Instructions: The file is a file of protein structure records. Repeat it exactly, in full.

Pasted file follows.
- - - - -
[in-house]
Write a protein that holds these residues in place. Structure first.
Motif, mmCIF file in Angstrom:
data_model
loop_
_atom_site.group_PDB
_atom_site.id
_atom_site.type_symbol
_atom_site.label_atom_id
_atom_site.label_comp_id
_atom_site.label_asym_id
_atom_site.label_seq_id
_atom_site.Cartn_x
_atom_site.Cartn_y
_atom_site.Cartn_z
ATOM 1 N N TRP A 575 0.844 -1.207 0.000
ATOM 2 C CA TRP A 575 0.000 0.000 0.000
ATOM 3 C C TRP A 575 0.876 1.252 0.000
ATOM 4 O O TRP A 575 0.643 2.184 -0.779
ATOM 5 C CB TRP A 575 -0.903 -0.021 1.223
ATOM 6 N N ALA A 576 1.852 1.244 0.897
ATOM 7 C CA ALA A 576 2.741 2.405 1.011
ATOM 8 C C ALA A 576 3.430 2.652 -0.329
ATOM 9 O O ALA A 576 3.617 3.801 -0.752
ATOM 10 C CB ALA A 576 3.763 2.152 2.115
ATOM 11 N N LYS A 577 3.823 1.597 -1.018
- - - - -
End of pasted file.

[in-house]
Write a protein that holds these residues in place. Structure first.
Motif, mmCIF file in Angstrom:
data_model
loop_
_atom_site.group_PDB
_atom_site.id
_atom_site.type_symbol
_atom_site.label_atom_id
_atom_site.label_comp_id
_atom_site.label_asym_id
_atom_site.label_seq_id
_atom_site.Cartn_x
_atom_site.Cartn_y
_atom_site.Cartn_z
ATOM 1 N N TRP A 575 0.844 -1.207 0.000
ATOM 2 C CA TRP A 575 0.000 0.000 0.000
ATOM 3 C C TRP A 575 0.876 1.252 0.000
ATOM 4 O O TRP A 575 0.643 2.184 -0.779
ATOM 5 C CB TRP A 575 -0.903 -0.021 1.223
ATOM 6 N N ALA A 576 1.852 1.244 0.897
ATOM 7 C CA ALA A 576 2.741 2.405 1.011
ATOM 8 C C ALA A 576 3.430 2.652 -0.329
ATOM 9 O O ALA A 576 3.617 3.801 -0.752
ATOM 10 C CB ALA A 576 3.763 2.152 2.115
ATOM 11 N N LYS A 577 3.823 1.597 -1.018